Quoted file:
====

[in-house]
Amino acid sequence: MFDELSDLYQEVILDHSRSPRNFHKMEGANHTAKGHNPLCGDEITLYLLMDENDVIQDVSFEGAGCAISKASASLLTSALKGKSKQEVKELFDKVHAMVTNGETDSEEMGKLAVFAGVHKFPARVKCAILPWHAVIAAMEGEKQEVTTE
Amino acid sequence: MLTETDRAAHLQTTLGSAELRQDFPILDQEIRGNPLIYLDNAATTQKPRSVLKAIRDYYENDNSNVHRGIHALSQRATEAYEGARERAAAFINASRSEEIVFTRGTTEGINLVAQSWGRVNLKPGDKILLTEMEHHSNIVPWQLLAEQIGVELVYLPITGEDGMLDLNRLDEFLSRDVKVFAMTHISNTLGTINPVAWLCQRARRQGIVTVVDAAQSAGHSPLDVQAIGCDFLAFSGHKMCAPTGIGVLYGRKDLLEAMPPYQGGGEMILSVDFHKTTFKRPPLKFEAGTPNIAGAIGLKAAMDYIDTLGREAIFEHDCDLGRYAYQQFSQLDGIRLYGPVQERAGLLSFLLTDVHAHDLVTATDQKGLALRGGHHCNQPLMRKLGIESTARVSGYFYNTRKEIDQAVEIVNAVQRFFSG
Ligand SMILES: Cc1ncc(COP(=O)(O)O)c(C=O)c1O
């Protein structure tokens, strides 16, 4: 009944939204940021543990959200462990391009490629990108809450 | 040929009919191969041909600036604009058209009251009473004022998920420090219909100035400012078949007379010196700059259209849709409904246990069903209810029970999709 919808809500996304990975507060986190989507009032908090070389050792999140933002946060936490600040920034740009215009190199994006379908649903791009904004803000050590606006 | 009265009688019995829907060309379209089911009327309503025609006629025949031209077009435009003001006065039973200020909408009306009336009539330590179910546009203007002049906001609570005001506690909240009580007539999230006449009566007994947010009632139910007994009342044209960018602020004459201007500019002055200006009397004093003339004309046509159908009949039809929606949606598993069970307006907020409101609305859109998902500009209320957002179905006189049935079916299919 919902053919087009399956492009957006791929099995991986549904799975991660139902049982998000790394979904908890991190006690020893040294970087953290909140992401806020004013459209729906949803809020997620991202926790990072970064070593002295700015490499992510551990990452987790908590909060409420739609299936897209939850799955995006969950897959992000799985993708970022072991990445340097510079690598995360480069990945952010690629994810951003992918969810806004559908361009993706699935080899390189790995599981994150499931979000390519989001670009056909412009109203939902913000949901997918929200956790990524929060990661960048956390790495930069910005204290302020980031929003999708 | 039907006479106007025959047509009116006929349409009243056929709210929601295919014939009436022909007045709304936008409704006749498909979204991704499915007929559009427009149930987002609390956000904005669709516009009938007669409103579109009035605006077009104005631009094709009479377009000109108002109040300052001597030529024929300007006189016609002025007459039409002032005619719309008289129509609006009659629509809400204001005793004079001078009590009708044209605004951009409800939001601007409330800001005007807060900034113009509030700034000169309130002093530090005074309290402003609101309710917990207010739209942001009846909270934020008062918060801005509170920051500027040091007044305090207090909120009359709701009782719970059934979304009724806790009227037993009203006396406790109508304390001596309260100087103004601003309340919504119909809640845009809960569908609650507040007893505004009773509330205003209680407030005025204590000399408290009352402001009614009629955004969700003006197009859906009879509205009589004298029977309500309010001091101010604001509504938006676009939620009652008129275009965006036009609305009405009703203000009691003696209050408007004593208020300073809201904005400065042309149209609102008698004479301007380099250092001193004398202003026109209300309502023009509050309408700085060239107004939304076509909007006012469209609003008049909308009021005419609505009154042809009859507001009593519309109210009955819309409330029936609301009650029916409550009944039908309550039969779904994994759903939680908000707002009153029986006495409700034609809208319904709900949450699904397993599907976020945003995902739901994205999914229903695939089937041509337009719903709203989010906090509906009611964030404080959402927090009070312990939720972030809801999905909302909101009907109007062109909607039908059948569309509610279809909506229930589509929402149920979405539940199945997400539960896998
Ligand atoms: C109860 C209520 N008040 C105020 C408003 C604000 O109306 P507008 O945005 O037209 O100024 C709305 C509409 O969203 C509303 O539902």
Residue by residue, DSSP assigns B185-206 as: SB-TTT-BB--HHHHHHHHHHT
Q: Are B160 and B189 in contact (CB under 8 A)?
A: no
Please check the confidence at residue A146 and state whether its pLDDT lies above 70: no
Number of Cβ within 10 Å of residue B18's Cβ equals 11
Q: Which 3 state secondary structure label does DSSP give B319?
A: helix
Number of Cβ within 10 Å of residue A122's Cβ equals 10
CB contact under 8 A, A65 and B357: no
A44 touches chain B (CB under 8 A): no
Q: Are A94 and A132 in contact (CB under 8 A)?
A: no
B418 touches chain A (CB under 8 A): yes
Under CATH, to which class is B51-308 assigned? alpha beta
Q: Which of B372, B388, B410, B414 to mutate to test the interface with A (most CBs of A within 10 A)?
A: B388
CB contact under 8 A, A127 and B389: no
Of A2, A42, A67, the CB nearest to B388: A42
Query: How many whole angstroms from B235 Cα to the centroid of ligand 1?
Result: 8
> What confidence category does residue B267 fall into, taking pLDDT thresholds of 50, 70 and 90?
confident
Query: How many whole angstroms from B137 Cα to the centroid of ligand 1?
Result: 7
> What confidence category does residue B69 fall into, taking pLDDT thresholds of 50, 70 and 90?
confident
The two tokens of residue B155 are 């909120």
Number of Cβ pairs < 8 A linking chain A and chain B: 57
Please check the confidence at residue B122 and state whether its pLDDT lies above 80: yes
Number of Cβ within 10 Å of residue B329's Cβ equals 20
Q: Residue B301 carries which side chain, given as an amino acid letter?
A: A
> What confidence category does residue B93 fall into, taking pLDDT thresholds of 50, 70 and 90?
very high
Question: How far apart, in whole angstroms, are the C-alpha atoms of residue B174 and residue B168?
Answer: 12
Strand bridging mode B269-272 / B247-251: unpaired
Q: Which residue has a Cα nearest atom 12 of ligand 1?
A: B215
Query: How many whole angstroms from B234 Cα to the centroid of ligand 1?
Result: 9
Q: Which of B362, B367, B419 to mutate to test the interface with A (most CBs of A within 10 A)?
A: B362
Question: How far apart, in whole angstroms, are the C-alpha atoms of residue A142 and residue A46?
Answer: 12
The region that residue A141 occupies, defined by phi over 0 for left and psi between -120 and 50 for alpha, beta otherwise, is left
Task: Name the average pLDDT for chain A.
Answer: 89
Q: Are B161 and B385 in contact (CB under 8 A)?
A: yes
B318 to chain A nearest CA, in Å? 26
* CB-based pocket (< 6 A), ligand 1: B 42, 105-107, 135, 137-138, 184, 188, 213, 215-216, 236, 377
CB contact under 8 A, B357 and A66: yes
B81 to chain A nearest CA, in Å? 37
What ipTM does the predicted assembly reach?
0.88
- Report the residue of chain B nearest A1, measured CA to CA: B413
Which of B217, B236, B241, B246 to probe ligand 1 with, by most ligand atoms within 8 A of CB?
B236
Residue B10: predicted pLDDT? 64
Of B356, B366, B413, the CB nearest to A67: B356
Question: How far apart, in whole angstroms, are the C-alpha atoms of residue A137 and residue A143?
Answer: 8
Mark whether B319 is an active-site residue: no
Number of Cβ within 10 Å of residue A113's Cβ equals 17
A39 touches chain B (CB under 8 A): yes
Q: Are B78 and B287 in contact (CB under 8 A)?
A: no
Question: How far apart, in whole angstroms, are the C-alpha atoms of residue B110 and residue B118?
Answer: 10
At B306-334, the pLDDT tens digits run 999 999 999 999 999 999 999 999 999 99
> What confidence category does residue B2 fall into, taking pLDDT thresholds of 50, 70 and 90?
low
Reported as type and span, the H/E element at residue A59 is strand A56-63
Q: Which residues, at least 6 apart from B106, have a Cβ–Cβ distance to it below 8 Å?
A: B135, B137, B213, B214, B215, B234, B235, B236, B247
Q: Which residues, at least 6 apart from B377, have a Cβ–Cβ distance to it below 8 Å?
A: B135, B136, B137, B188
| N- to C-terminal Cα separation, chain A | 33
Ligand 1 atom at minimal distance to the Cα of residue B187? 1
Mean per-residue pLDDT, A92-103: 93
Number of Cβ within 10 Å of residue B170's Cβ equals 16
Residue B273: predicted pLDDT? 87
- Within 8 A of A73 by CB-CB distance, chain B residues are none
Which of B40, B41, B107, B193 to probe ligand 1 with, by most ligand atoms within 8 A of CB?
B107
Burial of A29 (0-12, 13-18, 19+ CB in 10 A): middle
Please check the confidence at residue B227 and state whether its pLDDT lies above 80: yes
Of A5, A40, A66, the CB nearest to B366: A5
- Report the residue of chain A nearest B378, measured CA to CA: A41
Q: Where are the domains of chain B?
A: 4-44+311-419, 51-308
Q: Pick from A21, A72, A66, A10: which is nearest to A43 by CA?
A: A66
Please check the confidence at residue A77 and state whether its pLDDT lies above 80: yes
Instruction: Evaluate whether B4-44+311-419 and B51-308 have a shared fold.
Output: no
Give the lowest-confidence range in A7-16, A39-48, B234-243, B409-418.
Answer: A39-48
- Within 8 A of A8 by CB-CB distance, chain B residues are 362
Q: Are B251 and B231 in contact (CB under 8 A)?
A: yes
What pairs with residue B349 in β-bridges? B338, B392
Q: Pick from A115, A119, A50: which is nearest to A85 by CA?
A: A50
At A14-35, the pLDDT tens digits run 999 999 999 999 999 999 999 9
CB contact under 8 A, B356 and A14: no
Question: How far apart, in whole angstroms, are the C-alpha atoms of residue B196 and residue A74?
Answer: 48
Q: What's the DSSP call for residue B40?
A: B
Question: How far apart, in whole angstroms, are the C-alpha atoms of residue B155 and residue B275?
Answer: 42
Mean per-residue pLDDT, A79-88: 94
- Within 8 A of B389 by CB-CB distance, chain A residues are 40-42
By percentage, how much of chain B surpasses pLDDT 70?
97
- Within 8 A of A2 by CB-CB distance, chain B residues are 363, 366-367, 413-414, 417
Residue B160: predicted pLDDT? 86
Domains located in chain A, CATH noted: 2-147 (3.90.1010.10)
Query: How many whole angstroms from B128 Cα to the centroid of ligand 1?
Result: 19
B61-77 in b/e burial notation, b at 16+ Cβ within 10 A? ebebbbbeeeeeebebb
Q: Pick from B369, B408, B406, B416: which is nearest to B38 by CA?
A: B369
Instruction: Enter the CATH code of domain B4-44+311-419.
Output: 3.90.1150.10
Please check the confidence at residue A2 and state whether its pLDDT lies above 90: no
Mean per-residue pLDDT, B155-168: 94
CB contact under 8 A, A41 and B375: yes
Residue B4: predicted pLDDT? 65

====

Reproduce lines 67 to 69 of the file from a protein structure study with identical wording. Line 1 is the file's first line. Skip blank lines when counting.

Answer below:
Of B356, B366, B413, the CB nearest to A67: B356
Question: How far apart, in whole angstroms, are the C-alpha atoms of residue A137 and residue A143?
Answer: 8